There are some intense and sporadic rhythmic moments across the album with fills, flurries, gestures and stutter style effects changing amongst what I imagine are set sequenced rhythms. However beats 2 and 4 seemed to pinned down on some sort of snare, clap or glitchy synth percussion sound throughout. Is that an effort to keep a steady sense of time? Do you feel that having a simple and more static element allows you to be more free with the other rhythmic layers?

YES and YES 🙂 I love keeping the funk in the beats by having somewhat
consistent 2s and 4s and then manually performing the various features of the Tiptop Circadian Rhythms in a way that allows me to be expressive with the beats and sequences.

I can go on asking lots of specific questions about gear and approaches with tracks on the album but I’d like to save some of these for the discussion we’ll be having on Modular Podcast post album release. So finally, is there anything you’d like to add?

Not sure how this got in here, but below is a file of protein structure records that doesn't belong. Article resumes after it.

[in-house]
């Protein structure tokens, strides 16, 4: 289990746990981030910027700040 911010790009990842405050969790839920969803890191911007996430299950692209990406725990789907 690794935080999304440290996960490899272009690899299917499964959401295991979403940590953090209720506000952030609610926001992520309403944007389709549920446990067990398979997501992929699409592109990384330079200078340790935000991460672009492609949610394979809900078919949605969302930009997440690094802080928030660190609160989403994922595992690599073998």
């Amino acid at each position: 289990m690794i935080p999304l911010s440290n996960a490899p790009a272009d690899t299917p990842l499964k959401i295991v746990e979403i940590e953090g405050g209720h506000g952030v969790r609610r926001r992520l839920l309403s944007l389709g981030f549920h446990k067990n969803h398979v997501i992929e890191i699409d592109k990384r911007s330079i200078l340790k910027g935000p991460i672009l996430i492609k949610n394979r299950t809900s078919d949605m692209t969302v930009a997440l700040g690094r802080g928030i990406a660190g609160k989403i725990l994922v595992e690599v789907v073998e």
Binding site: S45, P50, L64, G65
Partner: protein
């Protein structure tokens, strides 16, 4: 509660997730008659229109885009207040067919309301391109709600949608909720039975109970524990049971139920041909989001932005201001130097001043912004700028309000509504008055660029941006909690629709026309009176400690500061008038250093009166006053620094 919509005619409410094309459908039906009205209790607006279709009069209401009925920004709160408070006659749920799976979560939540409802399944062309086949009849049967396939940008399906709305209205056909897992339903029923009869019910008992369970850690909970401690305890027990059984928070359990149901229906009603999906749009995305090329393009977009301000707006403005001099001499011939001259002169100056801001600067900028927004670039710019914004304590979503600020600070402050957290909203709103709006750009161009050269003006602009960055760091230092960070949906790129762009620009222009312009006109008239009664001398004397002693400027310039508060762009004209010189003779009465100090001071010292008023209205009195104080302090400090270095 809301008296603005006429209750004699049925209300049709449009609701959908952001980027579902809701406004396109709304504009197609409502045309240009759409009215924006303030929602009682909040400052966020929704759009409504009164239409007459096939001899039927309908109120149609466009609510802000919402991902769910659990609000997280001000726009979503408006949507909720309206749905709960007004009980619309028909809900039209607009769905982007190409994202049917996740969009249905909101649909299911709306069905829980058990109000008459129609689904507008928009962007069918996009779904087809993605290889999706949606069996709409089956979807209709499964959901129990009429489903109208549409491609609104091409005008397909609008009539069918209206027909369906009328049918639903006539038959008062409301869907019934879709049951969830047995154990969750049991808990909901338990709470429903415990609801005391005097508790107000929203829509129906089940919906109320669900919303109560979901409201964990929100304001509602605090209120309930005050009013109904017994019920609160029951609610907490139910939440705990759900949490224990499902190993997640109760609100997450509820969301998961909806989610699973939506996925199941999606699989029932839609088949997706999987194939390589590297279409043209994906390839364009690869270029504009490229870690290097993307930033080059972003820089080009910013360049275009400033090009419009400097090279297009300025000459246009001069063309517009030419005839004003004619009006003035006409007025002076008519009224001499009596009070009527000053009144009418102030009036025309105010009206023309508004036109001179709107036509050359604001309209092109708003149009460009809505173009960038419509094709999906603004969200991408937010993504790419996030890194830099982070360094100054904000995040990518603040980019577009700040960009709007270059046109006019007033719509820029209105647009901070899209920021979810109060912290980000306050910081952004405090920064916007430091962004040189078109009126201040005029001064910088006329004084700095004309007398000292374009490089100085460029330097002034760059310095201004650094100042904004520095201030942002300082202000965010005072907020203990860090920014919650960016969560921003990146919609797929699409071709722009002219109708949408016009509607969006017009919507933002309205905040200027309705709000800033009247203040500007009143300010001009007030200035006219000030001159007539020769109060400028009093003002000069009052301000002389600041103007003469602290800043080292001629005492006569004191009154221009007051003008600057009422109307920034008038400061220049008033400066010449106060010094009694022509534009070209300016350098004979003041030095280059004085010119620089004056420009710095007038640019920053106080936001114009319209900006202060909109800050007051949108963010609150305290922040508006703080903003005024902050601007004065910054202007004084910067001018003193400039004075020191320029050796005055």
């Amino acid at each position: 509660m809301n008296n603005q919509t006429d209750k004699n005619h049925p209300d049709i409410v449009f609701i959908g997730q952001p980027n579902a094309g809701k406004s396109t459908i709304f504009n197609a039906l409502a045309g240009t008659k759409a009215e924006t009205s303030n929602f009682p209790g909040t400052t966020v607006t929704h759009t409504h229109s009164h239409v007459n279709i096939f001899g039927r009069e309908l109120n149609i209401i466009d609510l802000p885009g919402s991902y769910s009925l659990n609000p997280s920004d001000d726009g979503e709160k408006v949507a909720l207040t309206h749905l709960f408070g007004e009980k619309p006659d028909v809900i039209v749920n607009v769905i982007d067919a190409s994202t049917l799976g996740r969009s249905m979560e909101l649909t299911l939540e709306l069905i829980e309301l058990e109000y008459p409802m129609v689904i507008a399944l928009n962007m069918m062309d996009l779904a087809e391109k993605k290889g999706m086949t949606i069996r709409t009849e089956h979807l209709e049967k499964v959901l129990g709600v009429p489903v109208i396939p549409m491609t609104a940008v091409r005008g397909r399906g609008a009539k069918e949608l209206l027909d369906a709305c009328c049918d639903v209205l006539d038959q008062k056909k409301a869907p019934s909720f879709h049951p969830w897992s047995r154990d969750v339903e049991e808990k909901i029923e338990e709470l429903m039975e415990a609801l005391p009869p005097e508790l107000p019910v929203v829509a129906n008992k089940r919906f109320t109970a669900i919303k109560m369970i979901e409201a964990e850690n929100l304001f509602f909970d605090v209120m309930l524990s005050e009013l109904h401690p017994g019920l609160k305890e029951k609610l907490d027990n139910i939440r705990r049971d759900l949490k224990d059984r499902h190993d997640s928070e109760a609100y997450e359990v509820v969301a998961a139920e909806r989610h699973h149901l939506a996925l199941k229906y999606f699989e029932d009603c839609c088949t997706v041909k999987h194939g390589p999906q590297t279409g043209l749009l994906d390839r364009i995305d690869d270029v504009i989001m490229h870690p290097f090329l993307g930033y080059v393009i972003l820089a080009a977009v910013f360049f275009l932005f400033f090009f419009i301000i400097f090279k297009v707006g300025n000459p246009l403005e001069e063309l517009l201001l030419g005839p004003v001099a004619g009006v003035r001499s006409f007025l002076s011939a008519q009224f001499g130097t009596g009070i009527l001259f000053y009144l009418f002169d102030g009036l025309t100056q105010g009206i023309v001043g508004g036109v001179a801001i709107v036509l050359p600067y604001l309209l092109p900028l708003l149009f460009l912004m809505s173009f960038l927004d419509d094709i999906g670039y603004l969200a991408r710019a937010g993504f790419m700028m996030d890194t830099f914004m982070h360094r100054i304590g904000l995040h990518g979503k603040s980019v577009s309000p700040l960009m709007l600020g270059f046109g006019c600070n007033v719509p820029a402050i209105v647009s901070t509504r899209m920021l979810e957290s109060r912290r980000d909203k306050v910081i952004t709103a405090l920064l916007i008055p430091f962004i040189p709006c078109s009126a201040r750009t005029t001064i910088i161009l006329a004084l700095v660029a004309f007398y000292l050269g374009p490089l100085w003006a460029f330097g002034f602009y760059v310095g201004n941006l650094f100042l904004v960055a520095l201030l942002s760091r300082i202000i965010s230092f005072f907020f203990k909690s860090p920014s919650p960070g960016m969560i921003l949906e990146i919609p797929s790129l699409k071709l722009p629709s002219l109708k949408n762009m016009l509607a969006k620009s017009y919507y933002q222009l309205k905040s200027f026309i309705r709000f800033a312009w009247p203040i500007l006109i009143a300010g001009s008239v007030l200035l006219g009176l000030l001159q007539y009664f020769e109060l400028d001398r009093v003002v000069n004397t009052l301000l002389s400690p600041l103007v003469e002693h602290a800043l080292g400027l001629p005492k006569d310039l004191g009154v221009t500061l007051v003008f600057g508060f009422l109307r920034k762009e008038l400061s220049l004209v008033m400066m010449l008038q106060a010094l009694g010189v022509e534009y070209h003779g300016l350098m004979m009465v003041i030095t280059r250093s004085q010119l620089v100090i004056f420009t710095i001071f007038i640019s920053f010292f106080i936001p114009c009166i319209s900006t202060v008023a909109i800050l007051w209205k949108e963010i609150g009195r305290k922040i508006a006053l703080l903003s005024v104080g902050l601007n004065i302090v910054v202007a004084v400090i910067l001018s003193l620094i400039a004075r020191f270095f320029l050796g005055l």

Thanks Ben, I suppose the only thing id like to add as while were talking loads of fun tech stuff, what really got me on the path of making the music that’s on the album was looking beyond the idea that its made in such a technical way and making a more intimate and emotive experience that’s as genuine as it could be. For example, sort of inspired by sci-fi, I started to think of the system as a bit of artificial intelligence that I collaborate with.. So in my mind the more emotion I could get out of a patch/track just felt like the system was a higher level of artificial intelligence. that said of course I love the more abstract patching flows as well. There’s just something really special and exciting when you have a patch going that’s automated and emotive in a way that really feels right.

I’d like to say thanks to Joseph for the interview and I’m looking forward to exploring his ideas and album further in the up-coming video interview with Modular Podcast.